Oakley, I., Lee, D., Islam, R., and Esteves, A. 2015. Beats: Tapping Gestures for Smart Watches. In Proceedings of the 33rd Annual ACM Conference on Human Factors in Computing Systems (CHI ’15). ACM, New York, NY, USA. [download]
Oakley, I., Lee, D., Islam, R., and Esteves, A. Method for Providing User Interface According to Beats Touch Based on Mobile Terminal, (10-2015-0021114), 11/02/2015, Filled.
Beats is a new type of multi-finger input that is specifically designed for the very small touch screens of smartwatches. It is based on what we term beating gestures, pairs of simultaneous or rapidly sequential touches (and optionally one or more releases) made by the index and middle finger of one hand. Essentially, instead of tapping a single finger to a screen, a beating gesture involves adjacent screen contact (and optionally release) with two fingers and in three closely controlled intervals: either simultaneously or with one event immediately preceding the other as part of a single coordinated movement. The timings and crude relative position (left or right) of this input serves to characterize each movement and the fast pace of the paired touches distinguishes it from regular single finger input or noise.
The motivations for exploring this specific design space include the fact that current smartwatch systems are large enough to register two adjacent touches and the simple sequences of movements required for beating gestures may be executable rapidly and eyes-free, avoiding fat-finger problems. Furthermore, we suggest the technique is sufficiently expressive to control a meaningful range of functions. Finally, as it is based on standard touch-screen input, but designed to not interfere with normal single finger use, we suggest it will be easy to integrate with existing on-screen interface styles such as single finger taps, swipes, dwell and gestures. Indeed, effective integration with established input techniques was a core design goal in our work.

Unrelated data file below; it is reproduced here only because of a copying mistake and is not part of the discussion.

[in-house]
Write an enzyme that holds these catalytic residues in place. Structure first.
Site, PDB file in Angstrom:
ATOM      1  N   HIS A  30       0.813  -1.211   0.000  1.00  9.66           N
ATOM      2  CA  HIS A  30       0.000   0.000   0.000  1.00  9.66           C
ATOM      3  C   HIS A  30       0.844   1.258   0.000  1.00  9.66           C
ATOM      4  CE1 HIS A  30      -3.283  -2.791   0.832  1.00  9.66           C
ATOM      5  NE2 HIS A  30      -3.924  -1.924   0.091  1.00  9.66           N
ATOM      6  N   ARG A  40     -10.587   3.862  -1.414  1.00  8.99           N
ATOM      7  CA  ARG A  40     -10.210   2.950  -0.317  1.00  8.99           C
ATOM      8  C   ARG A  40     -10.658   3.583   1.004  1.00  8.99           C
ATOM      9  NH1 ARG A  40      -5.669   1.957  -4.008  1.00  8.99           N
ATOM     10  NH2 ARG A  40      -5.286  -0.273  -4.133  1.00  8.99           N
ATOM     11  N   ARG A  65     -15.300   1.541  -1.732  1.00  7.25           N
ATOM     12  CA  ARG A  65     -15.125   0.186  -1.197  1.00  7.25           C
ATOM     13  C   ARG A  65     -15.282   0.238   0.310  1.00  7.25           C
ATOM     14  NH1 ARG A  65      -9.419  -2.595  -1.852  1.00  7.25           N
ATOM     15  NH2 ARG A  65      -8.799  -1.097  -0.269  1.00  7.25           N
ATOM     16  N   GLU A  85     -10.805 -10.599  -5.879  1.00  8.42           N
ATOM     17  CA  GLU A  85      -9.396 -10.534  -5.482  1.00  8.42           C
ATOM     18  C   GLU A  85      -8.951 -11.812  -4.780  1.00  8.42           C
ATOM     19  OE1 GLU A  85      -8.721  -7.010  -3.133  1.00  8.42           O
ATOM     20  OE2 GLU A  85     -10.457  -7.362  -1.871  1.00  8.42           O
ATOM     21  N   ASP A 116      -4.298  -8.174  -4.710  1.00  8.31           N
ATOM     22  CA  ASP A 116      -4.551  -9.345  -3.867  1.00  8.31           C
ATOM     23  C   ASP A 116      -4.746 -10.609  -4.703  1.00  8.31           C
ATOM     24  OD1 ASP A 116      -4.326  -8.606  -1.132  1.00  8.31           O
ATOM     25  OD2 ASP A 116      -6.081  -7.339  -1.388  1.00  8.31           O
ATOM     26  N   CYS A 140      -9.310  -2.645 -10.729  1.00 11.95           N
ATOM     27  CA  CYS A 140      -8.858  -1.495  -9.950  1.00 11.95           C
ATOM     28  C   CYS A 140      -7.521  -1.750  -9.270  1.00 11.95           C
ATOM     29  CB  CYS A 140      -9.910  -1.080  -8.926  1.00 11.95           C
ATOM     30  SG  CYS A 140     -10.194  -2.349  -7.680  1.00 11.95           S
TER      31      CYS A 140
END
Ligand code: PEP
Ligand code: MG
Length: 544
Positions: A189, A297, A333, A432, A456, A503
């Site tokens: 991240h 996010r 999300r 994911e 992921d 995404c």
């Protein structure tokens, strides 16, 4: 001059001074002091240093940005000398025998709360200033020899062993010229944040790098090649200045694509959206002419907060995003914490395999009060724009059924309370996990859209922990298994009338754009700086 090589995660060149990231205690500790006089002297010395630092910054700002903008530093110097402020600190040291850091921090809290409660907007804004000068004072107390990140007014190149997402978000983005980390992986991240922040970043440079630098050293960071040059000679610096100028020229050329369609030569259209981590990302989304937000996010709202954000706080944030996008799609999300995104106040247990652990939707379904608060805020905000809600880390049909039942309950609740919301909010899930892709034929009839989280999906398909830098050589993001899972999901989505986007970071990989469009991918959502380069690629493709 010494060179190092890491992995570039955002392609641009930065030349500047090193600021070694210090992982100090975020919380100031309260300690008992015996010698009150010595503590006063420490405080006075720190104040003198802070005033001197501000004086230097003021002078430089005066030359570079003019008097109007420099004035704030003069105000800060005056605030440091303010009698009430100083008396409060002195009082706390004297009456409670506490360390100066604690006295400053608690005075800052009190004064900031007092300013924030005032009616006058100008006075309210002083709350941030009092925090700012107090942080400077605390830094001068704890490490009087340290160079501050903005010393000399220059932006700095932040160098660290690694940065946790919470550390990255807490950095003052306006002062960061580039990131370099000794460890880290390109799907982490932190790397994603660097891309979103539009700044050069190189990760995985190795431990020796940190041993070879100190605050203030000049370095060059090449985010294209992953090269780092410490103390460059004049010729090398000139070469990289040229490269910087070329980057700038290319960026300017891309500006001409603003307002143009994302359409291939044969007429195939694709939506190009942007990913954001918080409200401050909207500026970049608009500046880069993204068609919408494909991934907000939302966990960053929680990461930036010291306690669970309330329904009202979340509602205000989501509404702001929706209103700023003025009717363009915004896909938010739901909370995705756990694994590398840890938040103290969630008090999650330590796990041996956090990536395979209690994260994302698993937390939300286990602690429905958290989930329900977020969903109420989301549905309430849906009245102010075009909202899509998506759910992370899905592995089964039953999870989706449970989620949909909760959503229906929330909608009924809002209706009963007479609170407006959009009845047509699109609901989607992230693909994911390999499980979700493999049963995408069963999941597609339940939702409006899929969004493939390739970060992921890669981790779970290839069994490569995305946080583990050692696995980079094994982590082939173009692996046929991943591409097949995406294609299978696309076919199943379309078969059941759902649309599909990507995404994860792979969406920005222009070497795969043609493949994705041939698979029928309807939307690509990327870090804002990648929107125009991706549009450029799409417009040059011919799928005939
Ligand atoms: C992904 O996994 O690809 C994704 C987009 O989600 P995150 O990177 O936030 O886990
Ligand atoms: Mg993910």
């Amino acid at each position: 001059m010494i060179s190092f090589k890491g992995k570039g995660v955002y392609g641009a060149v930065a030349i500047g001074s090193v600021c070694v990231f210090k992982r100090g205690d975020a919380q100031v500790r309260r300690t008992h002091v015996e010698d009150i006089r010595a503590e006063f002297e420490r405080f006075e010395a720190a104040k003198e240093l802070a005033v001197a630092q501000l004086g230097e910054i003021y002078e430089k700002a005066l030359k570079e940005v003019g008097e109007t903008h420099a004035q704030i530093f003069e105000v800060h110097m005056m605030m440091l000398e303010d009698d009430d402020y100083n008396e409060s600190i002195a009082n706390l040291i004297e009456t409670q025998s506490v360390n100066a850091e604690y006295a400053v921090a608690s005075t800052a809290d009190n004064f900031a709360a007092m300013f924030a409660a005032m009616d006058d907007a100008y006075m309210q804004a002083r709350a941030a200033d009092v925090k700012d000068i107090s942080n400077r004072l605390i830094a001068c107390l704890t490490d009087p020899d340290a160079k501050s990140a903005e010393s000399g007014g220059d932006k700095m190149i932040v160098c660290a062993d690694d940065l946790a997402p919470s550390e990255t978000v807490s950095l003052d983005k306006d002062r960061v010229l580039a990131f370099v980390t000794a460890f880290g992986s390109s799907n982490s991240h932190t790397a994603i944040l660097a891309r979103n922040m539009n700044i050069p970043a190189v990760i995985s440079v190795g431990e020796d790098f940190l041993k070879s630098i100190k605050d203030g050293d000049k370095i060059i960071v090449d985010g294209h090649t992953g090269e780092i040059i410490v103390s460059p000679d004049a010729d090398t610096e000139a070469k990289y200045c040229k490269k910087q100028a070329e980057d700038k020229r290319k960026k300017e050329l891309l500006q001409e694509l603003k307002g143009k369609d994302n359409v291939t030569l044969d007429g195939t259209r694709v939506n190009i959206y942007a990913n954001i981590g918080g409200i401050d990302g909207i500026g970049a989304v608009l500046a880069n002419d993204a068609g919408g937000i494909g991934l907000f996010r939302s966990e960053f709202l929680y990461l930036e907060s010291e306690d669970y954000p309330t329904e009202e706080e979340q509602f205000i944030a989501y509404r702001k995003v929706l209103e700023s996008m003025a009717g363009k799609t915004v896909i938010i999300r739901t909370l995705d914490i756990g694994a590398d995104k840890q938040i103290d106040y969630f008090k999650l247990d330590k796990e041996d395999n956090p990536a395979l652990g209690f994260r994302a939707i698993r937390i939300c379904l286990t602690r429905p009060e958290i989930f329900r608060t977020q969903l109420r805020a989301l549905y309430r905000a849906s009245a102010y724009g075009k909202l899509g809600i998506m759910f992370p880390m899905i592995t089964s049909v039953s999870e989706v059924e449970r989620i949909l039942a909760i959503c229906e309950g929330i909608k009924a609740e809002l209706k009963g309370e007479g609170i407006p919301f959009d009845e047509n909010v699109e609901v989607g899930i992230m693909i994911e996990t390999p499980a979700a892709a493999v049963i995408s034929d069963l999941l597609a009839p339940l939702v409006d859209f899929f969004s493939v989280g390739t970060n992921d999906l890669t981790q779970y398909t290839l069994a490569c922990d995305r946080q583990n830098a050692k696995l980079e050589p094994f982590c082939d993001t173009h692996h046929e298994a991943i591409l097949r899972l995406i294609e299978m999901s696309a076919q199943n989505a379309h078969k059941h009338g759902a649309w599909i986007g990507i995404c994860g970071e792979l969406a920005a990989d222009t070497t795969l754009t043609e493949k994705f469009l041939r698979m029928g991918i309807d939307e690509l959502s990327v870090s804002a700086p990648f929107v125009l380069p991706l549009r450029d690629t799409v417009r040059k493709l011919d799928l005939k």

In order to minimize on-screen clutter we designed systems that were effectively unmarked or invisible until evoked (in much the same way as swipe gestures are currently). To avoid fat-finger problems of users’ own bodies obscuring feedback, the designs relied on input (such as strokes) that could be made eyes-free or visuals that were purposefully displaced from a user’s on-screen finger. To explore the diversity of the technique we sought to design interactions based on a wide range of beating gestures. Furthermore, we purposefully integrated the beating gestures with traditional input styles such as menus, pie menus and sliders/scrollbars in order to explore how beating gestures could be combined with more established touch screen interactions, one of our key initial design goals. A final design concern was the consequences of inadvertent activation – we attempted to ensure that users would be able to cancel (or reverse) the outcomes of beating input rapidly and easily. In total, we created five prototype applications.
The prototypes were generally well received. Perhaps the clearest value came in repeated statements relating to the convenience, ease or speed with which the systems could be operated. Commenting on the menu shortcuts on the home screen P3 stated that usually there are lots of steps to access apps, but not here. Very fast. Similarly P7 liked that the zoom functions on the map were available right away and felt the alarm app was much quicker to operate than existing systems. P6 particularly appreciated the music player UI stating it would be useful even on a larger device such as a smartphone.
Users also tended to appreciate the interfaces that employed movements after the beating input. P1 stated that the strokes in the messages app pie menu were easy compared to having to touch some specific icon and controlling the alarm app was simple because it involved the finger still on the screen. Similarly, P9 appreciated the easy manipulation of the finger placement followed by vertical strokes during setting the alarm time. P10 indicated that the Dual-Tap followed by up/down movements to set volume was interesting and easy to use.
In sum, we believe this work showcases the potential of beating gestures for increasing the expressivity of touch input on small devices. Furthermore, it achieves this without requiring physical changes to the watch form factor, any fundamentally new sensing hardware (unlike, many prior approaches) or impeding or preventing existing interaction styles based on single taps, strokes, holds and pressure. We believe this demonstrates that beating gestures have the potential to be combined with these established techniques as standard elements of the touch screen interaction paradigm and look forward to exploring the novel interactions this enables.